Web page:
NHS to reward U.K. dentists for quality, not quantity, of care

2009 07 10 10 59 50 232 Uk Flag 70

The U.K. Department of Health is working to develop a new dental contract that will improve the quality of patient care and increase access to National Health Service (NHS) dental services, with an additional focus on improving the oral health of schoolchildren.

The new contract will be based around capitation, registration, and quality, according to the agency. This means that, for the first time, U.K. dentists will be rewarded for the quality of care they deliver for patients rather than the number of treatments carried out.

The new focus on quality -- and guidelines on how to deliver it -- is intended to support dentists in improving the oral health of their patients, while the focus on registration will give patients the security of continuing care.

Three different models will be piloted in 50-60 areas across England starting in April 2011. Each model will be slightly different to provide information and evidence on various aspects of the proposals and better inform the development of a new national contract.

"We want to give dentists the freedom to deliver high-quality care and reward them for the outcomes they achieve for their patients, not just for the volume of treatment delivered, as is the case now," said Health Minister Lord Howe in a press release. "This is about prioritizing prevention. People need a dental service that helps them maintain good oral health and prevents decay, rather than one that is based solely on treatment."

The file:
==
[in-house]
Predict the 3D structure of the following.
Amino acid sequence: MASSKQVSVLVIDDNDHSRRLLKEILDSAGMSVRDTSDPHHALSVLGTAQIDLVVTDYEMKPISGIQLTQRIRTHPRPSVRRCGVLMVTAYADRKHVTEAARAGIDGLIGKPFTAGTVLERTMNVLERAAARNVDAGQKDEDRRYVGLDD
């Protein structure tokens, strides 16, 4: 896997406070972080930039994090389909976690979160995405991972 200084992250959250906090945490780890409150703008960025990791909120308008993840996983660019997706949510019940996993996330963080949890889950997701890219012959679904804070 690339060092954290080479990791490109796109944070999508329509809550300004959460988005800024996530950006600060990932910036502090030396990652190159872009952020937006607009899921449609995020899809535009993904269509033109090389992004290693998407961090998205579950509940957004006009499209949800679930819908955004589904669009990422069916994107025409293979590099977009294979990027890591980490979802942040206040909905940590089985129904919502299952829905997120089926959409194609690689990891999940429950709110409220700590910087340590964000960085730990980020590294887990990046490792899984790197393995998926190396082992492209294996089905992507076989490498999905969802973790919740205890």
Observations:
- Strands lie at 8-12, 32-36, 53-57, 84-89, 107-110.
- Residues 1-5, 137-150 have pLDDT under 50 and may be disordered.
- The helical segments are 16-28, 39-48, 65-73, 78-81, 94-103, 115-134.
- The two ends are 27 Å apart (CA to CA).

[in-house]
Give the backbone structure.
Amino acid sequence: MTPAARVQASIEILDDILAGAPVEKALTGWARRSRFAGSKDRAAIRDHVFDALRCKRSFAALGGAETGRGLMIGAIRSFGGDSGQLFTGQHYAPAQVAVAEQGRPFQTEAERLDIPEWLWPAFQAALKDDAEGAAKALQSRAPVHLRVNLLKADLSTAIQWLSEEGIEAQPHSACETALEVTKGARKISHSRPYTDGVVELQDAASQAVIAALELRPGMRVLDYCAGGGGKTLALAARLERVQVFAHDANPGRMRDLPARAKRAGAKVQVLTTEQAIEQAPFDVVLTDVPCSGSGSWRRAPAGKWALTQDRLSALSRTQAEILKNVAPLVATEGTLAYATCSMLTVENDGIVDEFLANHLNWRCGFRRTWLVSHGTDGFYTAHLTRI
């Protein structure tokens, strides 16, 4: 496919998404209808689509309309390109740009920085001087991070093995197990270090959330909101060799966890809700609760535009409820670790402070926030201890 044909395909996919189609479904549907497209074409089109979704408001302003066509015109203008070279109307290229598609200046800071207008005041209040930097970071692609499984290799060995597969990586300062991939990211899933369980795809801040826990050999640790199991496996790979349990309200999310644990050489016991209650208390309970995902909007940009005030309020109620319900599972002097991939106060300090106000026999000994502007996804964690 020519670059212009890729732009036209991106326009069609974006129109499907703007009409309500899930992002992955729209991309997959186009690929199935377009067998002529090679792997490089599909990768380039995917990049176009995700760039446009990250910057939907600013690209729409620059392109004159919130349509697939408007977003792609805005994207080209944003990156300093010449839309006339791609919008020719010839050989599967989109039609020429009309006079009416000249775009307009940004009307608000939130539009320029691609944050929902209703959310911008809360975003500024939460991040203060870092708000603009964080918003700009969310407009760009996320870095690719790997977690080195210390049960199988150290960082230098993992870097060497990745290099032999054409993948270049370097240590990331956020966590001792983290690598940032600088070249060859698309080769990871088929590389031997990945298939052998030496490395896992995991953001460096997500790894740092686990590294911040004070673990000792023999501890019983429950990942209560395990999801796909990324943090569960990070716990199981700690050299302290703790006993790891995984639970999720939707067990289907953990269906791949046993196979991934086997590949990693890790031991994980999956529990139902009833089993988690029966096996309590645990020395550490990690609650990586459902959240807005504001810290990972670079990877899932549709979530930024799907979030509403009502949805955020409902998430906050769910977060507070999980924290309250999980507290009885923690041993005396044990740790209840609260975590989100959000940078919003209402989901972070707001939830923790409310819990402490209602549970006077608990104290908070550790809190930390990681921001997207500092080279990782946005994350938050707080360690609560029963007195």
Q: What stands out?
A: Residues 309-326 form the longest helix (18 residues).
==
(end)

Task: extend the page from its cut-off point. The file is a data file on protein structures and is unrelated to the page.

"It is important that we get this absolutely right so that our reforms will give dentists the encouragement they need to provide a service that meets the needs of today's population," he said.

The development of a new NHS dental contract built around capitation, registration, and quality marks an enormous step forward for NHS dentistry, added Jimmy Steele, DDS, chair of oral health services research at the Newcastle University School of Dental Sciences and lead author on a 2009 report that scrutinized the NHS dental services and made several recommendations for improving them.

"The complexities of redesigning and delivering a new dental contract should never be underestimated, and we need to use the learning from the pilots, but there is now the real prospect for an NHS dental service which is good for patients, fair to dentists, and aligned to oral health," he said.

The British Dental Association (BDA) also expressed support for the new initiative.

"This announcement is an important, positive step toward the goal of improving NHS dental care for patients across England," said John Milne, chair of the BDA's General Dental Practice Committee. "The current arrangements, which were implemented in 2006, have failed to promote preventive care for patients and have been deeply unpopular with dentists. These pilots must be afforded sufficient time for their impact on oral health to be properly understood, and the results from them must be fully evaluated."

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